A variety of factors have allowed March AFB to develop this speed-driven approach, most of which involve taking advantage of the flexibility already contained in CERCLA and SARA. One is the creative use of removal actions originally intended for emergencies and not as a basis for long-term cleanup. This has been accomplished by a combination of experienced project managers and regulators who seem to understand the DoD budgeting and contracting system as well as the CERCLA and SARA process. The trust of the community, which may be more difficult to build in more highly charged political climates, has also been an essential factor. The BCT has also developed a competitive system of contractors rather than relying on a single large contractor for the entire facility. This requires more-intensive management on the part of the BCT, but seems to bring greater speed and efficiency. Although cleanup at March is speed driven rather than reuse driven, the approach could be focused on individual parcels to facilitate partial reuse.

Other Bases and Conclusions

In the last section of the report, we discuss the cleanup process at a number of bases in California, including El Toro Marine Corps Air Station, Tustin Marine Corps Air Station, Mare Island Naval Shipyard, Hunter's Point Naval Shipyard, Fort Ord, the Presidio of San Francisco, and Hamilton Army Airfield. We show that reuse parcels are generally far smaller than OUs and that the latter move projects toward basewide cleanup strategies and away from achieving interim goals.

These cleanups lead us to answer questions 1–4 above in the following manner:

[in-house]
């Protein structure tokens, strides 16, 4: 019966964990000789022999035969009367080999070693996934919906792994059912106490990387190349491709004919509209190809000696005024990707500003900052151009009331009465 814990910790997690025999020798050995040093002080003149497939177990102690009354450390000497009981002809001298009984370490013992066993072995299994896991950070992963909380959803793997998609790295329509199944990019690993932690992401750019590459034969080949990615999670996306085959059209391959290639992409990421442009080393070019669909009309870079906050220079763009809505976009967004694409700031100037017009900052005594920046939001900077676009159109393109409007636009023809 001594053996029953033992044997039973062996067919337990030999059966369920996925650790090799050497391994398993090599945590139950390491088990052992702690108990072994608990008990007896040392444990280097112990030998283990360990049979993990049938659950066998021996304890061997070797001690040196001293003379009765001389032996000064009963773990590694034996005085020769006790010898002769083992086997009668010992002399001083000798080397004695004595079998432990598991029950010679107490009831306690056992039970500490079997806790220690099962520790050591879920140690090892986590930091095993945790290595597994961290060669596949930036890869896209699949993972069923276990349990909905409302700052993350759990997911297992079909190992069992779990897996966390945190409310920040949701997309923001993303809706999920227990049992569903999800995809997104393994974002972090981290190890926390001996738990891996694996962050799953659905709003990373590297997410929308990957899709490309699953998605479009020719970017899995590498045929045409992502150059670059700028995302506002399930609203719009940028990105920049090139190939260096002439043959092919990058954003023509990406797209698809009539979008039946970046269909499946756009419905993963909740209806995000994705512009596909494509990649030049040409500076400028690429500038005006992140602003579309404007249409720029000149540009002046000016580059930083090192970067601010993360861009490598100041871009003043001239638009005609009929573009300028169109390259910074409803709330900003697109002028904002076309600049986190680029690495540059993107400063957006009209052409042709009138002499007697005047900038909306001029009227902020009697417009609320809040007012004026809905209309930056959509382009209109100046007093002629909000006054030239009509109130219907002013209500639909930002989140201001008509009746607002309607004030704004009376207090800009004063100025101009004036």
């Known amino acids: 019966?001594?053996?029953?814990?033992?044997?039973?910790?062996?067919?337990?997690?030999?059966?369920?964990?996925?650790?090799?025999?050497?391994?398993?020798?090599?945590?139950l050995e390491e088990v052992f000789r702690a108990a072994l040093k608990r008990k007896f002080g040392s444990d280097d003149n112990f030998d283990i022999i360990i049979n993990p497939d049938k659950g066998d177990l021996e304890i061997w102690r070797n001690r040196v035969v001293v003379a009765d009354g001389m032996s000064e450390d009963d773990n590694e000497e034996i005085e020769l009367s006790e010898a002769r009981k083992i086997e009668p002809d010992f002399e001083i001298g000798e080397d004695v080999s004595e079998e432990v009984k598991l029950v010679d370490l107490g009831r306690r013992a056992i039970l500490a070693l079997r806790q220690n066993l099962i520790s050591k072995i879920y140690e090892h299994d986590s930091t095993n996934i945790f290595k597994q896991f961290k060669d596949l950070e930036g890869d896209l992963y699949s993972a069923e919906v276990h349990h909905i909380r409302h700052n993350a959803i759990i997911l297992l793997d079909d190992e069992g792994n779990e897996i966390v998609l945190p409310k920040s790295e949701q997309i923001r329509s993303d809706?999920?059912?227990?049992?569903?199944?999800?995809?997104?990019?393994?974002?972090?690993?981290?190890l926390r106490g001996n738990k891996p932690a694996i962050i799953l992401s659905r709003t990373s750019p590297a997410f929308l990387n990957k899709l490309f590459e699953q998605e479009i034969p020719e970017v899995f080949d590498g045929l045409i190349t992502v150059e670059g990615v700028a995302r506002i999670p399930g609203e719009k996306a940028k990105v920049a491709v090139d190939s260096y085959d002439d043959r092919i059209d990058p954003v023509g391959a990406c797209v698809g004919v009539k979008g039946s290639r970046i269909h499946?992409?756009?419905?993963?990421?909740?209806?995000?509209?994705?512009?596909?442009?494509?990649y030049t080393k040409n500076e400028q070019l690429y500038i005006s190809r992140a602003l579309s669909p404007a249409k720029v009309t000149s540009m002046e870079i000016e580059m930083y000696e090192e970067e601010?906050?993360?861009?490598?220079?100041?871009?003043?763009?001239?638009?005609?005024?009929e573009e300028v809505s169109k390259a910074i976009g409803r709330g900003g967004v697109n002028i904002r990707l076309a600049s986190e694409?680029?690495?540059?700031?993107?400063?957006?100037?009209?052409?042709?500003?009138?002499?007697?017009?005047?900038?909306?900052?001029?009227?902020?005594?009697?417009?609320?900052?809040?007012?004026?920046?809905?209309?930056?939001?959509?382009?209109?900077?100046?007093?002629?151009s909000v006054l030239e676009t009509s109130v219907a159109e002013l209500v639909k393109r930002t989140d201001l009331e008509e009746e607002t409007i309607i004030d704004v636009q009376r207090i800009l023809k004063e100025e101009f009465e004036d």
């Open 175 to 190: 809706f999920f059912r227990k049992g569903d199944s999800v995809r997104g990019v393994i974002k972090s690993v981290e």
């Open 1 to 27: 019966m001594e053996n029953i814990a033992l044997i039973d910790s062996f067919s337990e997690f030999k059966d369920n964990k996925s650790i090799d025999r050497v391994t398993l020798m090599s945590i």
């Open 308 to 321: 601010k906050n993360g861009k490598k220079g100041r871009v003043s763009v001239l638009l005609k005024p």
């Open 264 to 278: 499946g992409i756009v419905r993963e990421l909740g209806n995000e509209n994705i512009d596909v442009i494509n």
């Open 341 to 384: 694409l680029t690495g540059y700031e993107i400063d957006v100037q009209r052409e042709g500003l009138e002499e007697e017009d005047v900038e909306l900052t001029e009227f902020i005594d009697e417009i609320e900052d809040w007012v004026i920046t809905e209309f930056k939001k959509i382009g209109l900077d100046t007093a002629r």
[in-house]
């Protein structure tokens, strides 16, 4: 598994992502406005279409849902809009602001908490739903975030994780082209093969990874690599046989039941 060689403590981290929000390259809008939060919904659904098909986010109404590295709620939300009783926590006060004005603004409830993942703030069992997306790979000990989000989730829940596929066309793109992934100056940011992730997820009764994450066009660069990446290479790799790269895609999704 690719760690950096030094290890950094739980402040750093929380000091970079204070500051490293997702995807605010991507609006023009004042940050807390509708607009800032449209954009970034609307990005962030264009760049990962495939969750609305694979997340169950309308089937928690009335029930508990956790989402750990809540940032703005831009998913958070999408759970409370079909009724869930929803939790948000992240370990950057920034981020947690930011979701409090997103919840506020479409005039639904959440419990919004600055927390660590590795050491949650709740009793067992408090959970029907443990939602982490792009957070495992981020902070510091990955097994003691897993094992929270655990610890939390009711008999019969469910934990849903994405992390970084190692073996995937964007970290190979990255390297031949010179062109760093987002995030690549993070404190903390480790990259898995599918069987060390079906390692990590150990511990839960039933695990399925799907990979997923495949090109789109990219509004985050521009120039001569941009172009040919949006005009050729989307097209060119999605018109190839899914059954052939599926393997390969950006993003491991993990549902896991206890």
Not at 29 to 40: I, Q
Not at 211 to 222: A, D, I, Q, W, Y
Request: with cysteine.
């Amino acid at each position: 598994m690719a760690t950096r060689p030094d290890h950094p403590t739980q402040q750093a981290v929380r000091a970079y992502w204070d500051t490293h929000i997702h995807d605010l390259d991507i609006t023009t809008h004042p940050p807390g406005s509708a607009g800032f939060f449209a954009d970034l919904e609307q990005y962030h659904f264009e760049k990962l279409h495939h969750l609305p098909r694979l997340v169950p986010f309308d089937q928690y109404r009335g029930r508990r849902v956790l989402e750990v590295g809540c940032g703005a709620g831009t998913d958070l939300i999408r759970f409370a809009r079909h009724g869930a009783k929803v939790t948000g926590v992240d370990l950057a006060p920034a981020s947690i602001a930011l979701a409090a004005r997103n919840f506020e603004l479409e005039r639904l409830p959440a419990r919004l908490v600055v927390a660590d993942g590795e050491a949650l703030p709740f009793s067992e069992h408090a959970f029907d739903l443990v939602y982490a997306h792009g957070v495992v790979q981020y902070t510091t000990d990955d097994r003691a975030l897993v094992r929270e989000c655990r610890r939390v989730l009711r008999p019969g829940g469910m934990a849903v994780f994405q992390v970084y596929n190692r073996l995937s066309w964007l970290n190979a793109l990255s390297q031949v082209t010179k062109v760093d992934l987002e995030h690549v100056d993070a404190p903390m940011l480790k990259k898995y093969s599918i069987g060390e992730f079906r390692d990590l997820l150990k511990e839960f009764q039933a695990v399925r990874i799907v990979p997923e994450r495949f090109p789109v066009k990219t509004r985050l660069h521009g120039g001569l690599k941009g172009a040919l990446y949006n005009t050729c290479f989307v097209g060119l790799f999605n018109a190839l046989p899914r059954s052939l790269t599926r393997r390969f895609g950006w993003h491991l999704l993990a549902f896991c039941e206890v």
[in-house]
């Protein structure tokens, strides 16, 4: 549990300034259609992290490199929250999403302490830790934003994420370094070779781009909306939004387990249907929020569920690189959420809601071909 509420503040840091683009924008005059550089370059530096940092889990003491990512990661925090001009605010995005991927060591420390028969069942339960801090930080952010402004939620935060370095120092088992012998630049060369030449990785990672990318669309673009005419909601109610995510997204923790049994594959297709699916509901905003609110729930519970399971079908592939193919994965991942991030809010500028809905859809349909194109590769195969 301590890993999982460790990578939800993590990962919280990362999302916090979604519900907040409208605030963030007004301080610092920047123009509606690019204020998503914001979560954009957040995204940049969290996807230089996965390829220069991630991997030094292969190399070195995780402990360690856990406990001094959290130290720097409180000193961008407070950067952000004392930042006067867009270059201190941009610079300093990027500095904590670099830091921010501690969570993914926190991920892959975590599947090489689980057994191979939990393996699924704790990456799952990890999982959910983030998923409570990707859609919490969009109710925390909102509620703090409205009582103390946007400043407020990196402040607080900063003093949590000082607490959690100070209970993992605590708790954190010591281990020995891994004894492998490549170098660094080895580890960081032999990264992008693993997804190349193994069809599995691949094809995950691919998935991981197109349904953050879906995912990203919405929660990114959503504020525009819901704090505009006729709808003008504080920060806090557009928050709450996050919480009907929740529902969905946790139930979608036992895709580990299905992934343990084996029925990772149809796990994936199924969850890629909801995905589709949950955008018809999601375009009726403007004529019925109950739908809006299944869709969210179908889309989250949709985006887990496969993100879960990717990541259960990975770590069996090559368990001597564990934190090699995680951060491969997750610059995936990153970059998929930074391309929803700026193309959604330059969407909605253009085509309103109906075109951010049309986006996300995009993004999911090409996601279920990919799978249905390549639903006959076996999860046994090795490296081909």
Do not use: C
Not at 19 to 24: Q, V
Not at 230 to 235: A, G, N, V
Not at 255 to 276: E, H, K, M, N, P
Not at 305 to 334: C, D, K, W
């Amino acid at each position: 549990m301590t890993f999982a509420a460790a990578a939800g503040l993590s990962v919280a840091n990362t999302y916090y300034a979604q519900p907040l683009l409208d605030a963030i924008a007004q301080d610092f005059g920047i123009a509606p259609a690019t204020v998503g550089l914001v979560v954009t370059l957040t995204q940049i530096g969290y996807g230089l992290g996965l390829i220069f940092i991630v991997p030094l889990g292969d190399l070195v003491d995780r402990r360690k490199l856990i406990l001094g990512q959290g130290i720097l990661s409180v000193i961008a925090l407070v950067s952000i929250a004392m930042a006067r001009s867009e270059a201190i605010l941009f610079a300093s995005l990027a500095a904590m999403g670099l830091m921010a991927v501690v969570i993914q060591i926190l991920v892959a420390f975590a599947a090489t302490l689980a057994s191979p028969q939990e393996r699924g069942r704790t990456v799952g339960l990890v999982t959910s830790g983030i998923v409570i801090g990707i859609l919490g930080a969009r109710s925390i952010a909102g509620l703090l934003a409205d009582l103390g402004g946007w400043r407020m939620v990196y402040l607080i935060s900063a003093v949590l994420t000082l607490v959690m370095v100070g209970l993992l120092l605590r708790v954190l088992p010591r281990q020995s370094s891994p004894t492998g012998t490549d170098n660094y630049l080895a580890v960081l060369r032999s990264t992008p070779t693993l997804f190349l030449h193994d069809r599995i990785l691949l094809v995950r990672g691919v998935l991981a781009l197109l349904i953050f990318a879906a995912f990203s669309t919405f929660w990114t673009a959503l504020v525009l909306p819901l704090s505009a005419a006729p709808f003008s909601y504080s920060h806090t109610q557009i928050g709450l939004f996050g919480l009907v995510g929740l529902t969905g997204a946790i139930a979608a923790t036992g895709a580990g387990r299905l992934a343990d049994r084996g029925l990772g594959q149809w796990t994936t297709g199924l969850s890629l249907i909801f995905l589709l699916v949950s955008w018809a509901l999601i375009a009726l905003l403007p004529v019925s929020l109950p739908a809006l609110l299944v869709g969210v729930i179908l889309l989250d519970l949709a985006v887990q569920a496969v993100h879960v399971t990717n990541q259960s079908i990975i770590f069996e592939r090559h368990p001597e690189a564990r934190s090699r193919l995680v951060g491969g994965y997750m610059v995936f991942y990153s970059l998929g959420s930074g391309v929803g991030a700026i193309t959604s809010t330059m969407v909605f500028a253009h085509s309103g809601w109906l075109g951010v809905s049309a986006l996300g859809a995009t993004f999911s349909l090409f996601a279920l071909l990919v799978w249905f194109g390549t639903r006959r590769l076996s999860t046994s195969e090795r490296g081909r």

1. CERCLA compliance, not risk reduction, reuse, or speed is still the goal of many cleanups. A reuse goal is hampered by a poor correspondence between OUs and reuse parcels. Under an intense political spotlight, cleanup projects at Fort Ord and Hamilton Army Airfield have at least partially shifted direction toward cleanup and transfer of reuse parcels. However, this level of political attention cannot be the basis for an overall program.
  2. CERCLA compliance often leads to protocol-driven cleanups and not necessarily risk-driven cleanup. The meaning of risk-based priorities is not clear after emergency removals have eliminated known exposure pathways.
  3. Under the current divisions of the base by OU and parcels, there is often a significant distinction between CERCLA compliance and reuse-driven goals. However, there is no fundamental reason this must occur and no fundamental divergence between a risk-driven approach and a reuse-driven strategy. Multiple goals can be achieved by renegotiating regulatory agreements, redrawing internal base boundaries, and focusing cleanup efforts on the most important reuse parcels and most risky sites. Use of removal actions, an intermediate cleanup step that can be undertaken by DoD without regulatory review, can accelerate this process.